“Limbic capitalism exploits something we all have – our limbic system. I have had people on the left ask it in a different way – is it limbic capitalism or is it just capitalism?”

“There are many examples of relatively beneficent forms of trade. It’s just that some products and services are inherently more problematic than others.” 

“You don’t want a free market in methamphetamines or opiates for the same reason that you don’t want a free market in plutonium. There are products and services that just cry out for regulation. And we got that regulation in the late 19th and early 20th century in many societies. But there was a very effective counter offensive in the mid to late 20th century so that commercialized vice came roaring back. And now we are living with the consequences.”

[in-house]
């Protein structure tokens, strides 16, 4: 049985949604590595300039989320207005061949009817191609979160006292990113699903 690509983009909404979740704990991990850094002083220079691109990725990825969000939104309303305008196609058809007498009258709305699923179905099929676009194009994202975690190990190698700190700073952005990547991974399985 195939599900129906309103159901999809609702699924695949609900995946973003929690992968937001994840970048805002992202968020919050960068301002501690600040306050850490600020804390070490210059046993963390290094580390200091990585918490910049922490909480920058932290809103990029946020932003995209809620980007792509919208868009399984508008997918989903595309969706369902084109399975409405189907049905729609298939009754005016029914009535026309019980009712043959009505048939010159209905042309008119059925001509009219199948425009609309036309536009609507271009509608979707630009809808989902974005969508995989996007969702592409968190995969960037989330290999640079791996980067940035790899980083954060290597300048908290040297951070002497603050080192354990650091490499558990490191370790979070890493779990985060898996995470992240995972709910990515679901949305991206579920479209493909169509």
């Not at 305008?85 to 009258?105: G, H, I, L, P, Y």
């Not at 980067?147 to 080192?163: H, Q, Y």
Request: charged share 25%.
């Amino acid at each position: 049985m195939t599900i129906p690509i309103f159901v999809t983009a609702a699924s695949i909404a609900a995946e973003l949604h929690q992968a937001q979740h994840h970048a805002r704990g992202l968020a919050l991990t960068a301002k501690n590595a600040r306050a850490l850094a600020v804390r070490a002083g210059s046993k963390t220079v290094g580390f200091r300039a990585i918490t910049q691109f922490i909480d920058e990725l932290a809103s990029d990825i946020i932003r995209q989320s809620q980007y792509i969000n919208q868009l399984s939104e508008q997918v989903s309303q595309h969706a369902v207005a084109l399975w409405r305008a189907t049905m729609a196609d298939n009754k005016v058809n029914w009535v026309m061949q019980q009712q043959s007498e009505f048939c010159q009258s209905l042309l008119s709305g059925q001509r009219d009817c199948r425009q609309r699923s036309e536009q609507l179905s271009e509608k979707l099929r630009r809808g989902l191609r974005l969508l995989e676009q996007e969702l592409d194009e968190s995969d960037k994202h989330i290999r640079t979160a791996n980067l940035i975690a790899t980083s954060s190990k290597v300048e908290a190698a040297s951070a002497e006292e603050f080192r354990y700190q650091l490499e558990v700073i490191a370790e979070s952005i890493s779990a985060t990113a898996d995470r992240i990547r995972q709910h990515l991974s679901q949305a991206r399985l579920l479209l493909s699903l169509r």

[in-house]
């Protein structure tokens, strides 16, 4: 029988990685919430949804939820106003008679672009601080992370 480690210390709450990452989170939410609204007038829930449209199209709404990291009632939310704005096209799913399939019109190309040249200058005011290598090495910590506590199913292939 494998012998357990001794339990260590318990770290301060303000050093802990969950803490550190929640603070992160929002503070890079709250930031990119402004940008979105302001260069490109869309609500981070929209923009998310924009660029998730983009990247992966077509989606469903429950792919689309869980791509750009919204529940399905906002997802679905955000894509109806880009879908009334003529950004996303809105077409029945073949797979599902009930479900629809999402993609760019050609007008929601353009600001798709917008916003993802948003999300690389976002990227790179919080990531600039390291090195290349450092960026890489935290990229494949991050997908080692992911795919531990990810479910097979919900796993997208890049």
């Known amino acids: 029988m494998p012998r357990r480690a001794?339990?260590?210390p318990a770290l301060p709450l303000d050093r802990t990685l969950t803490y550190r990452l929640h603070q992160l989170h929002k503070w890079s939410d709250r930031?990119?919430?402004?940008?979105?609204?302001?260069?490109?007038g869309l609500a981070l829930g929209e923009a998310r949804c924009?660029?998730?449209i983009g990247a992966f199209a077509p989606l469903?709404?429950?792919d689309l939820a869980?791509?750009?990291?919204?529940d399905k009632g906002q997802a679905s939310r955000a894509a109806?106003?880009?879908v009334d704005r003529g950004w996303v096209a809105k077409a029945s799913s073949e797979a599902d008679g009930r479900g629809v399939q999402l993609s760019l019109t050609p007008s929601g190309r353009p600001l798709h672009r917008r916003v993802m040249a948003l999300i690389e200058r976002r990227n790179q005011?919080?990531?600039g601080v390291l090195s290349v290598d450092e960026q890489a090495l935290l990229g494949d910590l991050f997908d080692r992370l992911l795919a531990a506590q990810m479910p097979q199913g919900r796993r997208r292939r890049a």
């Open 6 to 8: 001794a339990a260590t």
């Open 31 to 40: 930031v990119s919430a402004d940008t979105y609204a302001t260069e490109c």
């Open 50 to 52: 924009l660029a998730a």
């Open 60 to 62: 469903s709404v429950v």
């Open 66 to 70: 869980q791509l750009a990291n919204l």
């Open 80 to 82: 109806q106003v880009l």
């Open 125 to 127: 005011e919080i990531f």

And that is a good question – is it limbic capitalism or is it capitalism? 

But I was asking another question – is it limbic capitalism or is it us?

“Some people are more susceptible, for reasons of genetics, education, social circumstances, cultural clues. There are a half a dozen reasons why some people are likely to go for these particular appeals than others.” 

“Think of society as a big cereal bowl with bits of alphabet cereal. Some people are A for average susceptibility. Some people are H for high susceptibility. And some people are L for low susceptibility. There is no us. In any human population, there are individuals who are far more likely to succumb to these commercial appeals. And their vulnerabilities may be different. Somebody who is highly susceptible to cannabis or to opioids or to some other drug may be relatively impervious to other commercial temptations.” 

“The corporations don’t care about that. They care about their bottom lines. And as long as they can recruit enough new users to replace the ones they are losing and keep those people consuming at a relatively high level, they are going to make money.”

“It is like purchasing a lifetime annuity once you get one of these new heavy consumers.’

[For the complete q/a format Interview with David Courtwright, see 35 Corporate Crime Reporter 4(12), Monday January 25, 2021, print edition only.]